I have tried to give an outline account of the cause of the crisis. It is no doubt
debatable in some of its details. The treatment of the Bretton Woods system is
impressionistic at best. I have said very little about the campaigns to break the
power of labour in the 70s and 80s. There is much more to be said about the
warnings that were made in the years before 2007. You are welcome to revise
the text and forward it with changes if you feel so moved.38
And if you’d rather have your economic analysis from someone with a little more
in the way of a grounding in, well, in economics, here’s Joseph Stiglitz, Nobel
laureate and former Chief Economist at the World Bank:
One of the reasons why our economy is weak is that we have growing
inequality in our society. That means that people who would spend the
money don’t have it. We sustained their consumption by lending but that
lending was unsustainable and so unless we do something about the
underlying inequalities both within our countries and across the world, it
may be difficult to restore the global economy to the kind of prosperity
that we would hope.39
Whether you want to listen to me, or some Nobel Prize winner, it is impossible to
deny that the problems we now face emerge from the deep structure of the
global system. It follows that lasting recovery will only be possible if we reform
that deep structure.
There are a number of suggestions as to how we might do that. The New
Economics Foundation has worked with others to put together a Green New
Deal, which combines closer regulation of finance with moves to restart the
economy through investment in environmentally desirable projects.40 In the
United States Paul Krugman has outlined what he thinks Obama needs to do to
avert a 30s style slump.41 But the work of constructing a more just, and therefore
more stable, economic settlement is only just beginning. Given the record of the
experts who were in charge I can’t see any convincing reason why you shouldn’t
be part of that work.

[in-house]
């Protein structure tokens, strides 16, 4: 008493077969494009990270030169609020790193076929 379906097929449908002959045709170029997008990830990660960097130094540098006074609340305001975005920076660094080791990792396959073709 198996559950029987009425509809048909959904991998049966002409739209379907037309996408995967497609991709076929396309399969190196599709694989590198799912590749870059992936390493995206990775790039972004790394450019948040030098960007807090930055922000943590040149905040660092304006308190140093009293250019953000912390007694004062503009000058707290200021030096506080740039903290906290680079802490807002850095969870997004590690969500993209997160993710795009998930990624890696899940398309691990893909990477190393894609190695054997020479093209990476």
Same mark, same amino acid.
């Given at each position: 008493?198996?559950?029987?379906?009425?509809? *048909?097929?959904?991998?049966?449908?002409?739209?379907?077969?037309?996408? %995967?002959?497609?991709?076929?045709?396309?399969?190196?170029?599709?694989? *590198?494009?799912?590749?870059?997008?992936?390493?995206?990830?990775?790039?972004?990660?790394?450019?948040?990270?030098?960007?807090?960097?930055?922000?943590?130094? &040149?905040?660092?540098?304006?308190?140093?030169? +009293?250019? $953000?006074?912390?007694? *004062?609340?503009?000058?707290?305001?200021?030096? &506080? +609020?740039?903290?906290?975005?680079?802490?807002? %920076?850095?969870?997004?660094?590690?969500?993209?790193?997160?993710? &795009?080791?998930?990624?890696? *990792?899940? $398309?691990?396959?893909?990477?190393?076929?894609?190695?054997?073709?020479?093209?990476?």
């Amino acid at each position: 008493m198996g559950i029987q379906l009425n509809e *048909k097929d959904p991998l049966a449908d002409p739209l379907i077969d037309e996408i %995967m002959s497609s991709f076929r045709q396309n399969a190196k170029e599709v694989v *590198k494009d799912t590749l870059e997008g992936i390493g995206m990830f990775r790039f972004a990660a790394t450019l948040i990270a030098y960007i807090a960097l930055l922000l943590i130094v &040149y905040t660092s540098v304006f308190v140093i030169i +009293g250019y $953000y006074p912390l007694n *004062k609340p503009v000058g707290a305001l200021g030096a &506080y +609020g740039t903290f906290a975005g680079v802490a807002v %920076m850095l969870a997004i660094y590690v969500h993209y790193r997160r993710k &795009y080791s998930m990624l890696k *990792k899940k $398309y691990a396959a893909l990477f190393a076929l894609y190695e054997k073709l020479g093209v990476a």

It is certainly time for us to assert the public interest over the needs of private
capital. Deregulated capital has failed and must now be returned to conditions of
close supervision. This means, amongst other things, the end of the offshore
system of unregulated tax havens, the imposition of controls on the international
movement of capital, and a much greater emphasis on productive investment as
against financial speculation and disordered and unsustainable consumption.
In Britain it seems that the financial sector is being taken over by the state. We
are now, as citizens, facing incalculable risks. If we can find a way back to
recovery, we must ensure that we are never again put in such danger by the
actions of financiers and their servants the politicians.
Given that both the British and the American banking sectors are effectively
insolvent, its seems that there is little that the ‘Anglo‐Saxon’ tradition of
liberalism in finance (more often than not a fifty dollar way of saying ‘predatory
lending’) can say about a thorough reform of the structure of national, regional
and global economic arrangements. Having insisted on sound money the banking
interests are now angling for the inflating away of their reckless debts. Their
ideas have no more credit and they have lost any right to be taken seriously.
The recent example of the mixed post‐war economies shows that we need not
listen to those who will call for authoritarian solutions to the turmoil that is to
come. The question becomes – how do we reconstitute the system that restored
global prosperity in the forties and fifties on a more stable basis?
To argue against unfettered finance is not to argue for state socialism, or any
great expansion of state activity in the economy over the long term.